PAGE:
P-gp in placental membrane preparation was quantified using the indirect ELISA. The placental membrane preparation or known standard were appropriately diluted in 50 mM carbonate buffer (pH 9.5) and coated on Immulon ELISA plate (Fisher Scientific). The plate was incubated overnight at 4°C. Then the plate was rinsed with distilled water followed by 2-h incubation with blocking buffer (containing 1% bovine serum albumin and 0.1% Tween 20 in PBS). After blocking for nonspecific binding, P-gp in the placental membrane preparations was quantified by incubating the plate for 1 h at room temperature in a 1:2,000 dilution of F4 monoclonal antibody. Horseradish peroxidase-conjugated goat anti-mouse antibody (1:5,000 dilution and incubated for 1 h) was used as the secondary binding antibody. ABTS in 1 M citric acid (pH 4.0) was used as the substrate to detect the binding antibody. A linear calibration line (0.36–5.7 μg protein) was constructed using a human P-gp membrane preparation (Human PGP Membranes) appropriately diluted in 50 mM carbonate buffer (pH 9.5). As a negative control, membrane preparation lacking P-gp (Control Membrane Preparation for ABC Transporters) was used in amounts equivalent to that used to construct the standard curve.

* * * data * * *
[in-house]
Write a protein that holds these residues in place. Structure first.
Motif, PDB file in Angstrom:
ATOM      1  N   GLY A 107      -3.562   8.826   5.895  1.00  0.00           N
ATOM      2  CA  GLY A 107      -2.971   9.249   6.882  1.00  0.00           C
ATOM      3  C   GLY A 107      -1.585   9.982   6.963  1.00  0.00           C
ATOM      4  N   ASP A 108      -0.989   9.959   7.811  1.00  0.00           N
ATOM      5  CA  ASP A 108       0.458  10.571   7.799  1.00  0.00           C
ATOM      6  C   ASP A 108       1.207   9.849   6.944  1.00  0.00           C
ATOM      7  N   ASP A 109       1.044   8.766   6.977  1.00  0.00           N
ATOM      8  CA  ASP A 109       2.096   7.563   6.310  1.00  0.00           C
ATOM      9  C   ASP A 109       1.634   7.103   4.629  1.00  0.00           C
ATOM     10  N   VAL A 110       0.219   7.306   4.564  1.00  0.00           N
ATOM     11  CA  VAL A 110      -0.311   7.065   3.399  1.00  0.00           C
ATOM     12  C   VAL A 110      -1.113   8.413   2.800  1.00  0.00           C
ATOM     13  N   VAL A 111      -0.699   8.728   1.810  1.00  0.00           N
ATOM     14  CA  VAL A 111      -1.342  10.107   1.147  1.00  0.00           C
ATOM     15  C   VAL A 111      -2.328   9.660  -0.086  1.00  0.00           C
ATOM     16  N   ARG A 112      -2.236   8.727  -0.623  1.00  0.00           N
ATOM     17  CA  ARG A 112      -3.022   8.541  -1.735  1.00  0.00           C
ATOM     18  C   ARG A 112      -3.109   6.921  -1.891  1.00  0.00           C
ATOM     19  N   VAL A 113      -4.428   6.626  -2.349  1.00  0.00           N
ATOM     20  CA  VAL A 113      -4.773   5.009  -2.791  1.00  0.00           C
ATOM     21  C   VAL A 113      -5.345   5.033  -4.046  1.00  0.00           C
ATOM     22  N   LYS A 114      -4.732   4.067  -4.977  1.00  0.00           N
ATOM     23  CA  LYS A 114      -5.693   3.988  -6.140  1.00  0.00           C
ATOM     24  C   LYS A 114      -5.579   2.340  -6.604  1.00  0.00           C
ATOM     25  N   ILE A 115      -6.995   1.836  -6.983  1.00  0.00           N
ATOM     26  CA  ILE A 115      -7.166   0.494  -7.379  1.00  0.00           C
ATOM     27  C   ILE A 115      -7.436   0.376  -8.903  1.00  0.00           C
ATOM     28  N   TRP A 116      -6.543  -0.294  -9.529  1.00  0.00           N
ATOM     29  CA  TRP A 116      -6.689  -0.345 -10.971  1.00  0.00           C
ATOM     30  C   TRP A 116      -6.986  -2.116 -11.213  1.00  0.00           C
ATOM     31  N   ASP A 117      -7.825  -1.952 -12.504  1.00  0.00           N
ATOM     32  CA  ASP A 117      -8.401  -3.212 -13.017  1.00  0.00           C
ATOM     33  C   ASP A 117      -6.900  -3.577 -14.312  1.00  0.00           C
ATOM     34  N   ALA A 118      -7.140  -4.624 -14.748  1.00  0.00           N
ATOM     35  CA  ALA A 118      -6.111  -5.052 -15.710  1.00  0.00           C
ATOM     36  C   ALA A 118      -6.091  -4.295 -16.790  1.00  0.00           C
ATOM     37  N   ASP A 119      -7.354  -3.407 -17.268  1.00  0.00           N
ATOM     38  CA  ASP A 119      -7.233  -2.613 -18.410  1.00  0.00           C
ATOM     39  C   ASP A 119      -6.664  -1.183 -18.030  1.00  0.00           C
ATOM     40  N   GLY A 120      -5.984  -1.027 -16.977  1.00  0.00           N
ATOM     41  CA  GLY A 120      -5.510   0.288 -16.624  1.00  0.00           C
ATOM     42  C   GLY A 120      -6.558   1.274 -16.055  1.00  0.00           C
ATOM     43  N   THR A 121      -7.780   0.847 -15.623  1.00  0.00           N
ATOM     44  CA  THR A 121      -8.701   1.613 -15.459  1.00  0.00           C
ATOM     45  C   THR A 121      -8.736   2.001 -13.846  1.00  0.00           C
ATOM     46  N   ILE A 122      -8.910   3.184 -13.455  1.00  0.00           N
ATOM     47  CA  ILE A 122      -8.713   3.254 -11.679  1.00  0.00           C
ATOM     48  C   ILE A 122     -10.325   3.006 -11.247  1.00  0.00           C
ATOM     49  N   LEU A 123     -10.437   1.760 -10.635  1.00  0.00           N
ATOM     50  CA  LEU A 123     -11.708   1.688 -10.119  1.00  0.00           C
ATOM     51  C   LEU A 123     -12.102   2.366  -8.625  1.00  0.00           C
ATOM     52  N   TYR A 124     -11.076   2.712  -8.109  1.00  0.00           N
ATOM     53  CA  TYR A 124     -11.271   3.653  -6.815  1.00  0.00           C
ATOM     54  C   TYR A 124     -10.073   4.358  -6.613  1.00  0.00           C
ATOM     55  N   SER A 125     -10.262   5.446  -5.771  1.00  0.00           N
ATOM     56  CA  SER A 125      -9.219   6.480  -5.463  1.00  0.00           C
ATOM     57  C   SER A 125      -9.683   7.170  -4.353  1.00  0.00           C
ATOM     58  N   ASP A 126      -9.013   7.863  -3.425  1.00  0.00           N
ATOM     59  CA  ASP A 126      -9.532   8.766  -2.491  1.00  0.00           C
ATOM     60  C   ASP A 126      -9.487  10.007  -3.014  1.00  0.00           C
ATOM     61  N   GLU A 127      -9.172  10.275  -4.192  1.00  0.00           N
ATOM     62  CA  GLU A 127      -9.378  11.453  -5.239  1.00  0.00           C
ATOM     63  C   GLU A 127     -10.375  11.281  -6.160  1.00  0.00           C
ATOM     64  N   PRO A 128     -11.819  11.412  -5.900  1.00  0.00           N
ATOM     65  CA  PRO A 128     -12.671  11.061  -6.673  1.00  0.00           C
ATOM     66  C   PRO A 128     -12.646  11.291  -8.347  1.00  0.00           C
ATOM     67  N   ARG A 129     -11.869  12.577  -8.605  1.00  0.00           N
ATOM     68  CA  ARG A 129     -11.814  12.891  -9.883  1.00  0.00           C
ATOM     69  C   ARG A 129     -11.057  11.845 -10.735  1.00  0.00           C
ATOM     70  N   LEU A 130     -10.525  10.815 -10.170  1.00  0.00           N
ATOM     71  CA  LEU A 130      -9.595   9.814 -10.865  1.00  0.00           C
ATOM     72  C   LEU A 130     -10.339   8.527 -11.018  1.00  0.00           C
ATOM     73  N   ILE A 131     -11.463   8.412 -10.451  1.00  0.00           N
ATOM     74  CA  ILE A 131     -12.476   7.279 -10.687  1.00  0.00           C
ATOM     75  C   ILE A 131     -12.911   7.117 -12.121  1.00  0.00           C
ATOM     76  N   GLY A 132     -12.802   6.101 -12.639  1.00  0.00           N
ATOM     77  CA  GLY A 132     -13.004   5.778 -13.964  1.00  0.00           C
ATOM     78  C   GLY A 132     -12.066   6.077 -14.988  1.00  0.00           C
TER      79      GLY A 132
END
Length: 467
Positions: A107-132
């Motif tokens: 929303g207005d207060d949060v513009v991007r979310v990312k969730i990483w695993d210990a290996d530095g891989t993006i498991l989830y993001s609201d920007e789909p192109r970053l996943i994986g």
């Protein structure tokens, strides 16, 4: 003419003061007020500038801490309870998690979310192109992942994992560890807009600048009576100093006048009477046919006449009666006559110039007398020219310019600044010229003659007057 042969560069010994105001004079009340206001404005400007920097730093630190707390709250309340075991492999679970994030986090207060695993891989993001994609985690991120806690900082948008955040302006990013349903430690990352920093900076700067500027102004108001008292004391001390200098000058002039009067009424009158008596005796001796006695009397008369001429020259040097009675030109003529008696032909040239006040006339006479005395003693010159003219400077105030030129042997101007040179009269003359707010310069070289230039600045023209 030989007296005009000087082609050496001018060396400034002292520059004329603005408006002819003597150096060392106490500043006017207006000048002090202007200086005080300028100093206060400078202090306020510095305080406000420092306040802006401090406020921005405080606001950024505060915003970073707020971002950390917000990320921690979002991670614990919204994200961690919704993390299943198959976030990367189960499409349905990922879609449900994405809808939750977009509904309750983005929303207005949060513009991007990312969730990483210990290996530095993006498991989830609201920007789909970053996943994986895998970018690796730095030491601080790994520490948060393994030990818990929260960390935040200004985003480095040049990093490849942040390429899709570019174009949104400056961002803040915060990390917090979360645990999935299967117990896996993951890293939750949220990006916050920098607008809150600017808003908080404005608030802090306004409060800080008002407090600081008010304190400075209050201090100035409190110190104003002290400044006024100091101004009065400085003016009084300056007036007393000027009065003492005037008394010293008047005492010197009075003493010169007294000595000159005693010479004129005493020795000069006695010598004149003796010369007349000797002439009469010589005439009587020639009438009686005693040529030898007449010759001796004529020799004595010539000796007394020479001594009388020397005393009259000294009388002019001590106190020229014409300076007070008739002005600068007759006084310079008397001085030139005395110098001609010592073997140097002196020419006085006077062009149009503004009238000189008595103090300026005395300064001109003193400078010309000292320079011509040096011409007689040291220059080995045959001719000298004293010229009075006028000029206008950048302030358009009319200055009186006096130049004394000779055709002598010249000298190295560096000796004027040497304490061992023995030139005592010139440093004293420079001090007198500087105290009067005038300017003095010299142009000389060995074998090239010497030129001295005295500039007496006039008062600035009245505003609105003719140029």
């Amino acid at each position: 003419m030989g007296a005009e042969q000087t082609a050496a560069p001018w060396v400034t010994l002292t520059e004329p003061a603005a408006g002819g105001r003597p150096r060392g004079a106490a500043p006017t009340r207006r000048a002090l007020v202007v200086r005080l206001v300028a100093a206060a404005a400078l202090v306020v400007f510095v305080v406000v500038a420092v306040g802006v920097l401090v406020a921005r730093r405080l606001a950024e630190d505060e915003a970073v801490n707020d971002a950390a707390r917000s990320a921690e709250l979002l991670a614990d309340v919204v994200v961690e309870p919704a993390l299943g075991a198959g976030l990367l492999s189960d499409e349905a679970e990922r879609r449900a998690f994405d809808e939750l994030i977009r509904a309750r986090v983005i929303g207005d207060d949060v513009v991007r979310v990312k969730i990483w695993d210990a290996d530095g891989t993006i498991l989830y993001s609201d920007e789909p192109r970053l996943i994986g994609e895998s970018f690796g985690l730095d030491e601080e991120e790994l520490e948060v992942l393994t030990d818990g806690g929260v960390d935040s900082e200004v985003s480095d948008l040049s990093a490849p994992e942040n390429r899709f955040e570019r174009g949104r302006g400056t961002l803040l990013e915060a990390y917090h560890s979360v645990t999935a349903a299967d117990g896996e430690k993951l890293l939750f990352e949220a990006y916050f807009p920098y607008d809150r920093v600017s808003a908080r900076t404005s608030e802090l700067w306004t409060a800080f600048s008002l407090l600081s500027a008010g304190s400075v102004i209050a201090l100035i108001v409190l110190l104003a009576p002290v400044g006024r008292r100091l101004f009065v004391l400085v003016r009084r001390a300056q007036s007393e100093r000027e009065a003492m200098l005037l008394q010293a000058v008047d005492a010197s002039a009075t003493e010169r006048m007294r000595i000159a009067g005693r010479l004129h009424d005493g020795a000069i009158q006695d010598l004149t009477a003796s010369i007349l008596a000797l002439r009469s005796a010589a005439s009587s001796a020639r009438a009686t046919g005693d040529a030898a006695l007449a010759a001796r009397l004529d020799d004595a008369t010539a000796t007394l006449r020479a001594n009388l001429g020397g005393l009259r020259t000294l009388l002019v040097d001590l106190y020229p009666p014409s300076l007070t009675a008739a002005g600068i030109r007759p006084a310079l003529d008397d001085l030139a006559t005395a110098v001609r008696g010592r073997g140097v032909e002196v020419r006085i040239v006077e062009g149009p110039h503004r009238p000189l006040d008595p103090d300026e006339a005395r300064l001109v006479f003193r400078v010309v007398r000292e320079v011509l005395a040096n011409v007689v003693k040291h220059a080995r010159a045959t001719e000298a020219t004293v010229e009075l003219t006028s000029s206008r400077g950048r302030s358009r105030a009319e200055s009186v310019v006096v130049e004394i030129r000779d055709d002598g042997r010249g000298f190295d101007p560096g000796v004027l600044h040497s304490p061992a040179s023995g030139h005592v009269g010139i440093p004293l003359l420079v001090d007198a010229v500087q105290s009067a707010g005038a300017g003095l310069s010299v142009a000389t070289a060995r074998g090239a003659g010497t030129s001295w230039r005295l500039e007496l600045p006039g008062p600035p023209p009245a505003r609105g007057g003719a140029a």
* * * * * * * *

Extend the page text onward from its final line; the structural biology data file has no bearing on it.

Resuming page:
BCRP was quantified as described above except for the following modifications. Because no standard membrane preparation of BCRP is commercially available, a linear calibration line (0.33–5.3 μg protein) was constructed with one of the early gestational age human placental membrane preparations (gestational age: 60–90 days) as the reference, after BCRP expression in this sample was confirmed by Western blot analysis. HEK-293 cells stably transfected with empty pcDNA3 vector, which have been shown not to express BCRP (32), were used as a negative control in protein amounts equivalent to that used to construct the standard curve. The anti-BCRP BXP-21 monoclonal antibody was used at a 1:200 dilution.